Have you ever spent time recently wistfully daydreaming about that devastatingly attractive coworker/friend/guy who sat next to you on the N train and then realistically bemoaning the fact that they were out of your league? Researchers at Northwestern University may have just handed you a scientifically sound roadmap to relationship bliss. A new study in Psychological Science suggests that your best chance of success is the long con—of friendship.
Researchers Hunt, Eastwick, and Finkel decided to examine assortative mating, the psychological phenomenon in which people pair off with partners who share their physical, behavioral, or psychological characteristics. Hot people with hot people, schlubs with schlubs, rich with rich, lawyers with lawyers, etc. But what about those couples that break the assortative mating mold?
The study looked at assortative mating based on physical attractiveness. More specifically, they were interested in whether it is influenced by how well a couple knew each other before they began dating. The 167 couples participating were a mix of dating and married, with an average relationship length for all couples of just over 8.5 years (the range of time was significant, from 3 months to 53 years). Participants were asked how many months they had known their partner and for how many months they had been romantically involved. Their physical attractiveness was assessed by undergraduate coders (which sounds like an entertaining gig).
The study found that hotness correlation was strongest for couples who began dating within a month of meeting. Couples who had known each other or been friends before becoming romantically involved were less likely to be matched in attractiveness.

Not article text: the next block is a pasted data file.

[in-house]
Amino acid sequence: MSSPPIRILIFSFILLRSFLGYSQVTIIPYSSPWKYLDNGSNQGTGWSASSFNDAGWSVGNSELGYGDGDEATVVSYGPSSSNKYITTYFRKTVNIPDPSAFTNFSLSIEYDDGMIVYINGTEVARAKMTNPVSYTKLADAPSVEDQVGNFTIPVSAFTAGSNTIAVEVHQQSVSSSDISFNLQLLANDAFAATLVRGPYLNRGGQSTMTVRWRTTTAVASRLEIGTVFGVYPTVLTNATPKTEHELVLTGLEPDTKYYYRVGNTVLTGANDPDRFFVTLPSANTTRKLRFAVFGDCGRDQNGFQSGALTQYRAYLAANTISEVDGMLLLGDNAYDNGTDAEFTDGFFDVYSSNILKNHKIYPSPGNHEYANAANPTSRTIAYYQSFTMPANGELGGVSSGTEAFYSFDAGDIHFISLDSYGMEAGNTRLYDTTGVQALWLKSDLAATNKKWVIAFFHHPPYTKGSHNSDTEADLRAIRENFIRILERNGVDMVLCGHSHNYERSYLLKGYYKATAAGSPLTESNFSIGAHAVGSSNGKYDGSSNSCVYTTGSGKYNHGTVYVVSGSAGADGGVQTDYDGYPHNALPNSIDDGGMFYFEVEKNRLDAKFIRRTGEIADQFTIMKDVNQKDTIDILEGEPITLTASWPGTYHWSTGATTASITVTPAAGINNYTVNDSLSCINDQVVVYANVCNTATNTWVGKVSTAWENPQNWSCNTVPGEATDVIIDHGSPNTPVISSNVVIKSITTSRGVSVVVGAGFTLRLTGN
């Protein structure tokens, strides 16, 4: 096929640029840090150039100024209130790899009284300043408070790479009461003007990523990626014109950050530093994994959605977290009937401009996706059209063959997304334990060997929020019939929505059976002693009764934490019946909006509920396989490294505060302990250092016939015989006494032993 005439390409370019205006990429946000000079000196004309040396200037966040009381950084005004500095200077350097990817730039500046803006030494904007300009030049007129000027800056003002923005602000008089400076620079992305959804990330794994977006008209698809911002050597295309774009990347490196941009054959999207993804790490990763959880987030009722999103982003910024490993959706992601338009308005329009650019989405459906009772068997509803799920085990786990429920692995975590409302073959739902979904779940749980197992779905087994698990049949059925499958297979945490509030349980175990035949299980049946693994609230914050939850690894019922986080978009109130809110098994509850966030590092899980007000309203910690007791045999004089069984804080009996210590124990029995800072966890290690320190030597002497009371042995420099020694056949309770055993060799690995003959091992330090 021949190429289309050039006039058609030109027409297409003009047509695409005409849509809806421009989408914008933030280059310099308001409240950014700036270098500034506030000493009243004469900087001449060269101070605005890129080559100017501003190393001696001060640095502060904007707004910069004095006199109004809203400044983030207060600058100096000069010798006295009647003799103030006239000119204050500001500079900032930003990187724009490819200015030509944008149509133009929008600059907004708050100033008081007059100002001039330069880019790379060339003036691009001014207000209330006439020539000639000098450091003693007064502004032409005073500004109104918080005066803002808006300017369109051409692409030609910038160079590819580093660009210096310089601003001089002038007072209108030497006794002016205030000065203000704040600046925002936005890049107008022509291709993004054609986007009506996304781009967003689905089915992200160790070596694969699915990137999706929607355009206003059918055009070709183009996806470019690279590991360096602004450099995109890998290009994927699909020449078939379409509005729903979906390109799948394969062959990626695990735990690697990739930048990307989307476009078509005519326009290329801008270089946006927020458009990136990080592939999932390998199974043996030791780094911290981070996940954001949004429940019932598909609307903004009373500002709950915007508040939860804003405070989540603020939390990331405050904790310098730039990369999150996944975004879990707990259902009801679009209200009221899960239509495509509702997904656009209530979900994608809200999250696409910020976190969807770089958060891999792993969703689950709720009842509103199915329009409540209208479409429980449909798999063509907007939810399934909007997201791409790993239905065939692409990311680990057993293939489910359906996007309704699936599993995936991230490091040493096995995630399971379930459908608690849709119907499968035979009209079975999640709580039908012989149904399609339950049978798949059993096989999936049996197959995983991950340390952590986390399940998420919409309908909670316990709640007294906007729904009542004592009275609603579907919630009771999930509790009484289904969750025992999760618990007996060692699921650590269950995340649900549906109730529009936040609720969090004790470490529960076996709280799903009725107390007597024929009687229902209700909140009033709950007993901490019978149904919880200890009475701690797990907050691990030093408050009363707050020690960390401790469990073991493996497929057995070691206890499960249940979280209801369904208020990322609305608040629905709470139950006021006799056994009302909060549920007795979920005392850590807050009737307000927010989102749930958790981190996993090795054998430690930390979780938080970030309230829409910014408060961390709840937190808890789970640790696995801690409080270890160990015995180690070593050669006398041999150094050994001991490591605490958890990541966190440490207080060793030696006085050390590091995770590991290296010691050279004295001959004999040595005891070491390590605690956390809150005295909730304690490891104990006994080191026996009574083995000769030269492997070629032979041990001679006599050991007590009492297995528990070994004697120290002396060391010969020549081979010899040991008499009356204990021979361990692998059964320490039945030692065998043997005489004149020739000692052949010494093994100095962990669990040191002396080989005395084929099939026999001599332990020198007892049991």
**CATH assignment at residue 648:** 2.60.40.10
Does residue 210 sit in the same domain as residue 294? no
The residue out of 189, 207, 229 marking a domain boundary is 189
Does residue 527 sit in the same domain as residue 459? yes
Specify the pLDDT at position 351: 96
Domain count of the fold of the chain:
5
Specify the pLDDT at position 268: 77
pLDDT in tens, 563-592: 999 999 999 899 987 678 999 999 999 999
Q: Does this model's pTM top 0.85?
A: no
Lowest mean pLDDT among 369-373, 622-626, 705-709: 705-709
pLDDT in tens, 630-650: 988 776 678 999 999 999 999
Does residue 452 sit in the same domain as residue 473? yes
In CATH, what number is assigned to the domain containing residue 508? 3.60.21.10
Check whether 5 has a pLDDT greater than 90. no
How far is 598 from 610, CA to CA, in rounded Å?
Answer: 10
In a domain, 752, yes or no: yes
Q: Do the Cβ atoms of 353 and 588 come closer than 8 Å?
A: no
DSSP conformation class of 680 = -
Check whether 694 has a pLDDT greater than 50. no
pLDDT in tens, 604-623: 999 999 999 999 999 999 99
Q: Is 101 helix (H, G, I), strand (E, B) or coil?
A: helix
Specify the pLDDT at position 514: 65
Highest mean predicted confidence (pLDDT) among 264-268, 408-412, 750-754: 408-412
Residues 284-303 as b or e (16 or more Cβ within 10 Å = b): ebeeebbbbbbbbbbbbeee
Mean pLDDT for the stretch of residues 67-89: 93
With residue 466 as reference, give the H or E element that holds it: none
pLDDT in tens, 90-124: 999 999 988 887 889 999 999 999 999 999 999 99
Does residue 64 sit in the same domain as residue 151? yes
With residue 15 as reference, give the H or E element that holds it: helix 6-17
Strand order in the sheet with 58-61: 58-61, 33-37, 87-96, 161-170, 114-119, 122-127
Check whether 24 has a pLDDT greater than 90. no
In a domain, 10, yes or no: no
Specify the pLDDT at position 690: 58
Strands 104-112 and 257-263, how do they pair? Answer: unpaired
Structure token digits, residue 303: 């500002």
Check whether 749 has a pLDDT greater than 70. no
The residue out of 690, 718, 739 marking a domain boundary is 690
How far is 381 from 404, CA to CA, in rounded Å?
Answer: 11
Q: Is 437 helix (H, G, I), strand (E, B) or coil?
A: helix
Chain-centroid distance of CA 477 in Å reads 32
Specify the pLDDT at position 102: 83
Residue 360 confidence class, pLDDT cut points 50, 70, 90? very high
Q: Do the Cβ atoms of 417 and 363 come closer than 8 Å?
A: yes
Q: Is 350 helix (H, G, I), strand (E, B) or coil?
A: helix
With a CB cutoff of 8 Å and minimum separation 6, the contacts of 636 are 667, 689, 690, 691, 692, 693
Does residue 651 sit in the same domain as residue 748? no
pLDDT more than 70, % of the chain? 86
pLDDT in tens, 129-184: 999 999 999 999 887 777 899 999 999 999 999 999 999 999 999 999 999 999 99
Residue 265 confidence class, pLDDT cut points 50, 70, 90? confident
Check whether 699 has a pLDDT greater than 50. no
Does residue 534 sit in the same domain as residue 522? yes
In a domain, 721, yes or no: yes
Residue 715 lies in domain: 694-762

So, essentially, if you know someone better, you’re more likely to consider other factors along with their looks when thinking about their desirability. Meaning, in those cases where an Adonis is happily paired with a normal looking person and you have a fleeting, ungenerous moment of wondering “How did they land THEM?”—there’s your answer. As lead researcher Hunt put it, “There may be more to the old saying than was previously thought. Maybe it’s the case that beauty is partially in the eye of the beholder, especially as time passes.”
There was also, notably, no association between matched attractiveness and relationship satisfaction. So, assuming (and this is a gigantic assumption, but let’s be optimistic for once), that the same could be said about other factors—education, race, religion—we may be able to poke some holes in the whole “marry your own kind or you’ll be miserable” argument.
That said, there is far more research to be done. This study’s participants were heavily skewed to the majority populations. The vast majority of couples participating were white (78.9 percent) and heterosexual (the statistic for this was not explicitly mentioned in the text). It’s unclear how the findings would carry across those lines.
But to the friend who sent me this article along with a one line email (“So if I just ingratiate myself with some hot dude I have a chance, eventually?”) my answer is yes. The dreaded friend zone might actually work out for you—assuming your love interest isn’t snapped up by assortative mating first.
Caroline Weinberg is a doctor with a masters in public health. She has previously written about science and health at Eater, Vice Motherboard, Aeon, and a few dry academic publications. You can find her on twitter @ckw583.
Image via Universal